Baptized on December 10, 1610, in Haarlem, Adriaen van Ostade was the third of the eight children of Jan Hendricx van Eyndhoven and Janneke Hendriksdr. Although no documents survive relating to Van Ostade’s training, Arnold Houbraken states that he studied with Frans Hals (Dutch, c. 1582/1583 - 1666). He also says that Adriaen Brouwer (1606–1638), the Flemish painter of low-life and tavern scenes who lived in Haarlem until 1631, was a pupil of Hals at about the same time. Whether or not the two artists studied together, Brouwer’s influence is readily apparent in Van Ostade’s early works.
By June 8, 1632, Van Ostade was working successfully as an artist. Due to incomplete guild records, the date that he entered the Haarlem Saint Luke’s Guild is unknown, but he was certainly a member by 1634, when one of his paintings was included in a lottery of guild members’ works that Dirck Hals (1591–1656) organized in April of that year. Two years later Van Ostade is recorded as a member of the Oude Schuts civic guard company. Later in his career, he played an active part in the administration of the Saint Luke’s Guild, holding office as hoofdman in 1647 and 1661 and as deken in 1662. It must have been at about the time he was elected hoofdman in 1647 that Frans Hals painted his portrait ( Adriaen van Ostade ).
On July 26, 1638, Van Ostade married Macheltje Pietersdr. They drew up a will on March 8, 1642, six weeks before she died. Fifteen years later, on May 26, 1657, Van Ostade married Anna Ingels, a wealthy Catholic woman from Amsterdam. He appears to have converted to Catholicism at this time. His second marriage prompted a change in residence. After living for some years in the house on the Cromme Elleboochsteech that he had purchased in September 1650, he settled first in the Koningstraat and then, by August 1663, moved to the Veerstraat. The couple had one child, a daughter named Johanna Maria. In 1655 Van Ostade became guardian of his sister Maeyeken’s five children, and from 1668 he was also responsible for the children of his brother Jan. After the death of Anna late in 1666, Van Ostade inherited considerable sums both from her and from her father. His prolific output must also have provided a substantial income, for by 1670 he was living in relative comfort on the Ridderstraat. In 1672, at the time of the French invasion of the Netherlands, he temporarily fled Haarlem and moved to Amsterdam.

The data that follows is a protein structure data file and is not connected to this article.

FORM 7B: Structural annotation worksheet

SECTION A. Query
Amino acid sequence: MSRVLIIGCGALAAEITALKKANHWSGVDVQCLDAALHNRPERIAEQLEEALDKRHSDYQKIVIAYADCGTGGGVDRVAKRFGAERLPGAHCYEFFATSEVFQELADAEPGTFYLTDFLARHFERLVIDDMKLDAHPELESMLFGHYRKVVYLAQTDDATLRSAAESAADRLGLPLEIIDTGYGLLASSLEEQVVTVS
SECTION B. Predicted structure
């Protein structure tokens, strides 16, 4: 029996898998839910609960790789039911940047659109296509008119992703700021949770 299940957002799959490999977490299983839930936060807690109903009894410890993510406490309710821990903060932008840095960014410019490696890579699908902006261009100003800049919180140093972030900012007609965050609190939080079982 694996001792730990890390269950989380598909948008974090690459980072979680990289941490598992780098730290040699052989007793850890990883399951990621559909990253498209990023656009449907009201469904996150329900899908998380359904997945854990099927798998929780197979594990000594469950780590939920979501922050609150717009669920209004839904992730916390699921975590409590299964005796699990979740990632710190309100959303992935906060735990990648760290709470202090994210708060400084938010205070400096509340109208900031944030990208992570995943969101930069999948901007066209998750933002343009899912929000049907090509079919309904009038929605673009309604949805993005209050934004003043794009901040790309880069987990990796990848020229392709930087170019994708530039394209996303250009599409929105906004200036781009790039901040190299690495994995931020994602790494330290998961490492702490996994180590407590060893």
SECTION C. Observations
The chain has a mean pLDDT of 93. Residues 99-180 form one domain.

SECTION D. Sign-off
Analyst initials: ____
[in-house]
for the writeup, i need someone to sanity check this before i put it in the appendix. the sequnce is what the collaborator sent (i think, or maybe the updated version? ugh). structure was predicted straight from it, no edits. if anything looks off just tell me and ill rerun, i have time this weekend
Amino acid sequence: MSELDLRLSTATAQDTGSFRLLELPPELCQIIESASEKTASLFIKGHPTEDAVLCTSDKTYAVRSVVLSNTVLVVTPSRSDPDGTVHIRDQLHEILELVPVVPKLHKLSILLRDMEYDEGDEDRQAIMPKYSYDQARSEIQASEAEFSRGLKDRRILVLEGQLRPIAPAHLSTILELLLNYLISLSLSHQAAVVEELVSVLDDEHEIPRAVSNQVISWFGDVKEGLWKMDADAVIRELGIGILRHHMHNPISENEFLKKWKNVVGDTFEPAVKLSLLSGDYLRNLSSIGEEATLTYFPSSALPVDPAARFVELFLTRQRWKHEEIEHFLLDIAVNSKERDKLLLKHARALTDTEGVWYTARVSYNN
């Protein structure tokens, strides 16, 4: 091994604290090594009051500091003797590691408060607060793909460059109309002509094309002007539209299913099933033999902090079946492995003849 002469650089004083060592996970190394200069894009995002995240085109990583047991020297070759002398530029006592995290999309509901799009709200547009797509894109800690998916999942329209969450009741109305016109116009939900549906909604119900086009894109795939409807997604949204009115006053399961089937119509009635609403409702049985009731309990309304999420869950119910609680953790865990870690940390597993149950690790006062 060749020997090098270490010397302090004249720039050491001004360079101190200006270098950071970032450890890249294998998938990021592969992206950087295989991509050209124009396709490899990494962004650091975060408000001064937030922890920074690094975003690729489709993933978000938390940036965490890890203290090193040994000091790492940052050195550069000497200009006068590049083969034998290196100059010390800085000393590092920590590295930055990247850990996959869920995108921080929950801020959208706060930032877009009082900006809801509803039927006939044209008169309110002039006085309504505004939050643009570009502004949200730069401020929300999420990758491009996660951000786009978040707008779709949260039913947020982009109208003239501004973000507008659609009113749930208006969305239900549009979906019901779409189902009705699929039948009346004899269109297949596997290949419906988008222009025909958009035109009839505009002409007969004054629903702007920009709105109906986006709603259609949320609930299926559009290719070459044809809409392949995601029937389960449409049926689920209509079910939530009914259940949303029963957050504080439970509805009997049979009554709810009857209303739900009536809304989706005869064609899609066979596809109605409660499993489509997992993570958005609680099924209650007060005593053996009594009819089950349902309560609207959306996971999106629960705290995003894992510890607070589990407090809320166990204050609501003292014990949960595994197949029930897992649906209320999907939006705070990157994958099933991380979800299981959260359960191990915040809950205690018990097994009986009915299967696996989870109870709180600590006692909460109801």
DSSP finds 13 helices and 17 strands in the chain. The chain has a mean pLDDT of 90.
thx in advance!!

On April 21, 1685, Van Ostade was a signatory to his daughter’s marriage settlement. He died six days later and was buried in Saint Bavo’s on May 2. According to an announcement placed by his daughter in the Haarlem Courant on June 19, the contents of the artist’s studio were to be sold at auction on July 3 and 4; a second sale is known to have taken place on April 27, 1686.
Van Ostade’s productivity was remarkable. His known works include more than eight hundred paintings, about fifty etchings, and numerous drawings, some of which are worked up with watercolor. The vast majority of this oeuvre consists of genre scenes, but he also produced a small number of portraits and history paintings.
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